Unit One: Set 1-3 DVD Review: Hannibal Plays a Cop

Emmy-winning Danish TV series features Mads Mikkelsen as an unconventional detective.
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Long before international star Mads Mikkelsen terrorized TV viewers with his take on the role of Hannibal Lecter, he acted on the right side of the law in his native Denmark in this 2000-04 series. The entire series has now been compiled into this three-volume collection for U.S. release, offering viewers a look at his early TV work in a compelling police drama.

Unit One is Denmark’s elite mobile detective task force established to assist local police efforts around the country. The detectives don’t just travel, they bring their entire office with them in a massive tractor trailer, reporting to wherever cases take them. While the mobile office concept sounds like a unique hook, the show doesn’t capitalize on it, possibly because the office looks like a standard stationary setting on the inside but most likely because its inhabitants spend most of their time away from it.

As the series begins, the Unit has just been assigned its first-ever female boss, an ambitious young detective named Ingrid Dahl. She’s initially granted the gig on an interim basis, making her first case a must-win in order to gain the permanent promotion. Luckily, she’s surrounded by a great team of diverse cops who work exceptionally well together in their common goal of catching the baddies. That’s the most interesting aspect of the show, as there isn’t one principal star detective but instead a talented ensemble that bring different strengths to each case.

Chief among those oddball personalities are Mikkelsen’s bad-boy cop Allan Fischer and Lars Brygmann’s Mentalist-like Thomas La Cour. Mikkelsen wears Fischer’s rebel role a bit too heavily, with permanent stubble and a leather jacket driving home the point with a sledgehammer, but it’s always enjoyable watching him operating slightly outside the law to achieve results. La Cour is a nut, an introverted guy who retraces the paths of criminals to re-enact their mental state at the time of the crimes, utilizing keen powers of observation and an internal monologue to turn clues into convictions.

Rounding out the Unit are veteran detective IP Sorensen, logistics specialist Gaby Levin, and ex-national soccer star turned Unit driver Johnny Olsen. They aren’t quite as intriguing characters, but all offer unique strengths to the team’s formidable crime-stopping roster. The team is also overseen remotely by Dahl’s chief, a grizzled veteran who mostly stays out of their way. The writers don’t spend too much time on the personal lives of the detectives, but weave in enough family dynamics to add depth to the characters, such as a tragedy in Dahl’s home life and a brewing romance between Levin and Olsen.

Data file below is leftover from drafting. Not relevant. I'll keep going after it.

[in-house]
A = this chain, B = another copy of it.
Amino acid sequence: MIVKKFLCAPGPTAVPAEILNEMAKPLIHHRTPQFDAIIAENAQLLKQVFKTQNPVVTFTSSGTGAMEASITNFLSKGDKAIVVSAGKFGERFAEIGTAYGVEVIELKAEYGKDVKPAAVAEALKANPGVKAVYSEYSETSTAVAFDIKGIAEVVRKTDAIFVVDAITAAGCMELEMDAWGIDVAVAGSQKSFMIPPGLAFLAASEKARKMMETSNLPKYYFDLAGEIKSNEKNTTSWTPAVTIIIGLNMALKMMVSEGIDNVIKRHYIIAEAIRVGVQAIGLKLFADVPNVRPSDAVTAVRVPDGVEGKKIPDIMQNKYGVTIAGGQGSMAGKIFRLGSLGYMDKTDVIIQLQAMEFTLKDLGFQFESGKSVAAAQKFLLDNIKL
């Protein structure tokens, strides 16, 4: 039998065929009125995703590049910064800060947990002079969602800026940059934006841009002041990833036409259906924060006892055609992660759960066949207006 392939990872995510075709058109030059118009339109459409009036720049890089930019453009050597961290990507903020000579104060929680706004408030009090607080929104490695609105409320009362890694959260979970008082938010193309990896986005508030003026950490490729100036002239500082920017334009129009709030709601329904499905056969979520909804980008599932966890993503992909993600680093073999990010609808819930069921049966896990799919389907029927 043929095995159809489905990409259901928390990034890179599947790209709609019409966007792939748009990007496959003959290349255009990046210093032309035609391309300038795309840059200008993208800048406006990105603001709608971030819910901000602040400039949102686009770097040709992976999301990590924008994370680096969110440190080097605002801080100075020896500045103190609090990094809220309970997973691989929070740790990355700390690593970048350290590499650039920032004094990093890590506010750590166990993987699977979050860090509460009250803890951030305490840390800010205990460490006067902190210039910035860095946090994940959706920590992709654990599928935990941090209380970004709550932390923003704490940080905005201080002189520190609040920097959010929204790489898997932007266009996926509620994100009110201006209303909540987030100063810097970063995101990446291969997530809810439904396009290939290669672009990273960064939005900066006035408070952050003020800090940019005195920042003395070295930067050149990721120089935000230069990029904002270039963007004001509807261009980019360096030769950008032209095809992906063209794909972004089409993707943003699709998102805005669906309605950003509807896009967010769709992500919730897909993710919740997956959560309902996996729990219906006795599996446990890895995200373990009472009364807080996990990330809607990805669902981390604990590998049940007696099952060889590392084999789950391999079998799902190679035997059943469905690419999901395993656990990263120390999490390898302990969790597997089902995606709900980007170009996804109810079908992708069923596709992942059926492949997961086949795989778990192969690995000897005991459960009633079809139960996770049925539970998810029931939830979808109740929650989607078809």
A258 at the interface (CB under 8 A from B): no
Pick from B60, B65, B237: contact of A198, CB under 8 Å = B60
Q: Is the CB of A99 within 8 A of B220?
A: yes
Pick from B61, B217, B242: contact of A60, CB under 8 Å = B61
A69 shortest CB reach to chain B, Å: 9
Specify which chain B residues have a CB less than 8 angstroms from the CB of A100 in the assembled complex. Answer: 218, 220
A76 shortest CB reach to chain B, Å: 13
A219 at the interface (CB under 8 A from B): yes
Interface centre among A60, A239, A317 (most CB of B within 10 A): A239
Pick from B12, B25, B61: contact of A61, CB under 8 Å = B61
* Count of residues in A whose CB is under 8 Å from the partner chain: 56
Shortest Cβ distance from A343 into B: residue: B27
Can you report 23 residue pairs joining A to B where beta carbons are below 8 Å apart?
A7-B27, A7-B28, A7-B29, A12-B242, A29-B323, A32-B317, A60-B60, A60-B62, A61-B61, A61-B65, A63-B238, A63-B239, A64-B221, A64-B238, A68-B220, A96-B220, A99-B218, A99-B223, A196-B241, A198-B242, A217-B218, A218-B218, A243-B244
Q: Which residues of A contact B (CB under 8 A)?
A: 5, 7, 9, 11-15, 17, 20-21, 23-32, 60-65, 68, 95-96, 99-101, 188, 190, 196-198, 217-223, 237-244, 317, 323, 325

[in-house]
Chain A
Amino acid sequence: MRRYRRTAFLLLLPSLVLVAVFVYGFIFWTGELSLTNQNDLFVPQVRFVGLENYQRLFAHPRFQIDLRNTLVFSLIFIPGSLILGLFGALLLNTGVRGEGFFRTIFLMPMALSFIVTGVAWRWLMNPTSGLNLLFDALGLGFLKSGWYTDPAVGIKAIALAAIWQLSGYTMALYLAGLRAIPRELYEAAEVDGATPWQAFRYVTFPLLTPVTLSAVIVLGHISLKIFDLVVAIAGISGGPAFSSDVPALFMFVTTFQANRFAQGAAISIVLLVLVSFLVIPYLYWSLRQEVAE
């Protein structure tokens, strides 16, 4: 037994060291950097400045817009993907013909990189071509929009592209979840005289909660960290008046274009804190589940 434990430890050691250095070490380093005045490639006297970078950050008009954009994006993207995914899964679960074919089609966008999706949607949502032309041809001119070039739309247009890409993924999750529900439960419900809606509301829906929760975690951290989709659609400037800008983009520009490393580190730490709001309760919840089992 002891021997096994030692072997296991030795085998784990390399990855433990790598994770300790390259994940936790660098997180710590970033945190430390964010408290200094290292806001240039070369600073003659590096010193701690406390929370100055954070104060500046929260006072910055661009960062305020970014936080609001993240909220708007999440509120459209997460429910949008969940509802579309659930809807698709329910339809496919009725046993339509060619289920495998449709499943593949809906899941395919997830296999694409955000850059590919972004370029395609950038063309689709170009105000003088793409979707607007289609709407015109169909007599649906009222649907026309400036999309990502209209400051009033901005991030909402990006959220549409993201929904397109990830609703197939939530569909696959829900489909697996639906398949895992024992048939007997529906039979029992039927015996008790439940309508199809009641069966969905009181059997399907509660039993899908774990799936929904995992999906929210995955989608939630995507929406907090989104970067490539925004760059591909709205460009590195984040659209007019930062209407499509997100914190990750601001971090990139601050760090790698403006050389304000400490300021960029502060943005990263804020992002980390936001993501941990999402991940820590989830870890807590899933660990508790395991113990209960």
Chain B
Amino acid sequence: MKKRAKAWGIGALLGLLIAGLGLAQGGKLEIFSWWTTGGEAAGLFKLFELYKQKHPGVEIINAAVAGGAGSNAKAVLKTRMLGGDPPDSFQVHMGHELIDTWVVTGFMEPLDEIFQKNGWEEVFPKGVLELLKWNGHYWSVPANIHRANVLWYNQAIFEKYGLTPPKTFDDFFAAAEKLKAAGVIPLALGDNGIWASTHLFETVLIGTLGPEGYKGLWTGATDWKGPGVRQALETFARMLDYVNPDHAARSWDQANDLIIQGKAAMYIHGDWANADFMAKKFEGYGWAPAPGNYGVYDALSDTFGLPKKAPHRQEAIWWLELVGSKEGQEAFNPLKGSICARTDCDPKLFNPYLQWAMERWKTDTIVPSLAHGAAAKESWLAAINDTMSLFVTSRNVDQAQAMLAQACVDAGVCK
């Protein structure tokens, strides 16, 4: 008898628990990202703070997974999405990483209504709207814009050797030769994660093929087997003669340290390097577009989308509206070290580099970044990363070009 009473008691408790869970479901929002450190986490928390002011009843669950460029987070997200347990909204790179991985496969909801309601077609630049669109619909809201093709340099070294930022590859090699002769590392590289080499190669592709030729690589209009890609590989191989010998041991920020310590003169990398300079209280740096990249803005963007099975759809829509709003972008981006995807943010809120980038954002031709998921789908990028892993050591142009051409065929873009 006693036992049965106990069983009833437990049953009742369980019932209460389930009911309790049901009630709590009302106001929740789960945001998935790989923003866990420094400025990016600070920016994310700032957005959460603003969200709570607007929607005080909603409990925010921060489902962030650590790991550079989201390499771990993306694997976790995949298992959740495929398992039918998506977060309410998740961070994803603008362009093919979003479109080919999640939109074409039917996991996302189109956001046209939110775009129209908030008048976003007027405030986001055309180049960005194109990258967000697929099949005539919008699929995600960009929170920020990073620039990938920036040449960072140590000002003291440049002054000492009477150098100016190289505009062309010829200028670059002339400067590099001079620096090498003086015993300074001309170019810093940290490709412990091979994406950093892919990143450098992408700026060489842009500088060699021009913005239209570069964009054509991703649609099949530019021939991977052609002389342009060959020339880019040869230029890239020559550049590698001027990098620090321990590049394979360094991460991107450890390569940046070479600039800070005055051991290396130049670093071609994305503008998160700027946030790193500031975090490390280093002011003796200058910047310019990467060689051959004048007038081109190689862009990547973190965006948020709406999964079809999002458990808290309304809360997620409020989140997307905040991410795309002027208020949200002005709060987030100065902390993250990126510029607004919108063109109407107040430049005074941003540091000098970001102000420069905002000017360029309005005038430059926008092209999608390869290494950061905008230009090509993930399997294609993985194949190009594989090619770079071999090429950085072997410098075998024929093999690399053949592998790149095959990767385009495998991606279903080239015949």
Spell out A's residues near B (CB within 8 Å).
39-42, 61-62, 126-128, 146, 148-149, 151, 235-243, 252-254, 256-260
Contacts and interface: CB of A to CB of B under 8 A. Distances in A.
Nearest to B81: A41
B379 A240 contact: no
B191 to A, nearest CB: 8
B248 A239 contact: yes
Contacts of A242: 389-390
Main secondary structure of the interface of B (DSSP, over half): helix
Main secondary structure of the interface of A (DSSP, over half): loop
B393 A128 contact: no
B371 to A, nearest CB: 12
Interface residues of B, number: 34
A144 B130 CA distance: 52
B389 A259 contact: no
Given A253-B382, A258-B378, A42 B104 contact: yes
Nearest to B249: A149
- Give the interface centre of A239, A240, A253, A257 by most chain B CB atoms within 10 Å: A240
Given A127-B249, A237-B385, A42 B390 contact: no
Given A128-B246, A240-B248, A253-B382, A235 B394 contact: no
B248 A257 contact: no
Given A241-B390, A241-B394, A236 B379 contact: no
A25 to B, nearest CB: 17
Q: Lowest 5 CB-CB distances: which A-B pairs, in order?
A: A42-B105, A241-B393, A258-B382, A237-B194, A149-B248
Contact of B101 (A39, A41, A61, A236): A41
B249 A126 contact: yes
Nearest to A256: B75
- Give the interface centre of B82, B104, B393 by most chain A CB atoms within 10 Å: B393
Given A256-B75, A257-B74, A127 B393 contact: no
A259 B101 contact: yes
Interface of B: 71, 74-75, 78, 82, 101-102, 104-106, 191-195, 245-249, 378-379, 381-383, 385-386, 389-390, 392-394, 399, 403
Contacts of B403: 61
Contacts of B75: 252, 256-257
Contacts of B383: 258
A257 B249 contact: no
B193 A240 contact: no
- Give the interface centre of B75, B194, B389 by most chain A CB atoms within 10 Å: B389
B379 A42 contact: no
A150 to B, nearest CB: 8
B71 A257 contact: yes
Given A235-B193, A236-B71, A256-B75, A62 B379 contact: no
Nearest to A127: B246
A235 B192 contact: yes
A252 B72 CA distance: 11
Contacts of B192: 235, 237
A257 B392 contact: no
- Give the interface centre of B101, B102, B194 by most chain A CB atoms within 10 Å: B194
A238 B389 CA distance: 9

As for the crimes, they’re nicely varied and inspired by actual cases, ranging from the inevitable murders to kidnapping, extortion, and even human trafficking. Also mirroring real life, the detectives aren’t always successful, most notably in a harrowing case where they fail to apprehend their suspect before he closes the case on himself and his family. Some of the stories are so involved that they stretch across two episodes, but most are wrapped up in an hour.

Although the criminal-justice process hews closely to what we’re accustomed to, the Danishness periodically shines through, particularly with their odd requirement of announcing the time prior to making an arrest, as in “the time is 9:13 and I’m arresting you for the murder of Mr. Smith”. Due to the mobile cases, we’re also treated to extensive Danish exteriors, and while they’re generally not terribly scenic, they’re still a welcome change of pace and serve as a bit of a travelogue. Regrettably, the production values are a bit poor, and the show favors a palette heavy on bleak, muted steel gray colors that occasionally make the show feel like a Danish cousin of Gotham. Still, the good acting and varied cases far outweigh the presentation issues and make this a worthy addition to your international mystery collection.

All 32 episodes of the series are present in these sets, and while it’s not entirely essential to watch them in order, there are shifting relationship changes over time within the team and their families that make sequential viewing recommended. Sadly, no bonus features are included, but it’s bonus enough that the series has finally made its way to U.S. DVD.

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